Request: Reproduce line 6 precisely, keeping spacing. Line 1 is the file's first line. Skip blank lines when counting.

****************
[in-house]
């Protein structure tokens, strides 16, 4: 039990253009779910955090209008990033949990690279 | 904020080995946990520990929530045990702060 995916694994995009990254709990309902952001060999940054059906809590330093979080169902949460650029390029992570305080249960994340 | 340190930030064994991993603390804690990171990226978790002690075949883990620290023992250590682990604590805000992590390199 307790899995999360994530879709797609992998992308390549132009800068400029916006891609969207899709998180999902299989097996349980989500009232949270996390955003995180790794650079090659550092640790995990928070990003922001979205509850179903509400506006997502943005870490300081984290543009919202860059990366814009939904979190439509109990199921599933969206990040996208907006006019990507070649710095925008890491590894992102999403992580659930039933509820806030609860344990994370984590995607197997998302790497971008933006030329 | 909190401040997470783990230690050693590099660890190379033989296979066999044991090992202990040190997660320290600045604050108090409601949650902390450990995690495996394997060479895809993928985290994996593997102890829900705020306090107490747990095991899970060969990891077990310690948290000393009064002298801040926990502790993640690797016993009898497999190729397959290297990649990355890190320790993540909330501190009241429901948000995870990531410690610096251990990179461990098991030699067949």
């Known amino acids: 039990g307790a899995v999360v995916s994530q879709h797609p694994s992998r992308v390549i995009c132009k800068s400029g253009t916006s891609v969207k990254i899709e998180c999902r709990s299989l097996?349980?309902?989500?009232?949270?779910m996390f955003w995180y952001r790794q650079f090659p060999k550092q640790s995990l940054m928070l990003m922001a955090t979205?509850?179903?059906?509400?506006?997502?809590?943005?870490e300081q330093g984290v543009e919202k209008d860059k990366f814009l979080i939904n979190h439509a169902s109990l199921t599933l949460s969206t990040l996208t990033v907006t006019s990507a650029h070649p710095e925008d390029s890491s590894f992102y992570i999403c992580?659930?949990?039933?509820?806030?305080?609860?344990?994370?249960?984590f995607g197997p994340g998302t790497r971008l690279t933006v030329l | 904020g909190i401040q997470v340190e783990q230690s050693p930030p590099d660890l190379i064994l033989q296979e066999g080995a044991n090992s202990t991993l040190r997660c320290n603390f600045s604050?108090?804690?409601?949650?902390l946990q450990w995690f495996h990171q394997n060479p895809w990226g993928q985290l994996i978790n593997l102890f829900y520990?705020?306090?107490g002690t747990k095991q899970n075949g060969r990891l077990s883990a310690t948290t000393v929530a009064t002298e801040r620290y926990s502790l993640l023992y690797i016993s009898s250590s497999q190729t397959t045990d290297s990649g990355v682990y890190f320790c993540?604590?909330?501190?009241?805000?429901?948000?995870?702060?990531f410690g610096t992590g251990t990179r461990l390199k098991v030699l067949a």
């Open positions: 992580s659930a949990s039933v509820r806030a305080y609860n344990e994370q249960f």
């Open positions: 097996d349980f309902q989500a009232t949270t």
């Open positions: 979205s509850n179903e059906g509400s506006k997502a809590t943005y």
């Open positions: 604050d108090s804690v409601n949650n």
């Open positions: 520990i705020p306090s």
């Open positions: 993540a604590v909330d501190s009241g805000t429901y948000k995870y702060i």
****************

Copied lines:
């Open positions: 979205s509850n179903e059906g509400s506006k997502a809590t943005y």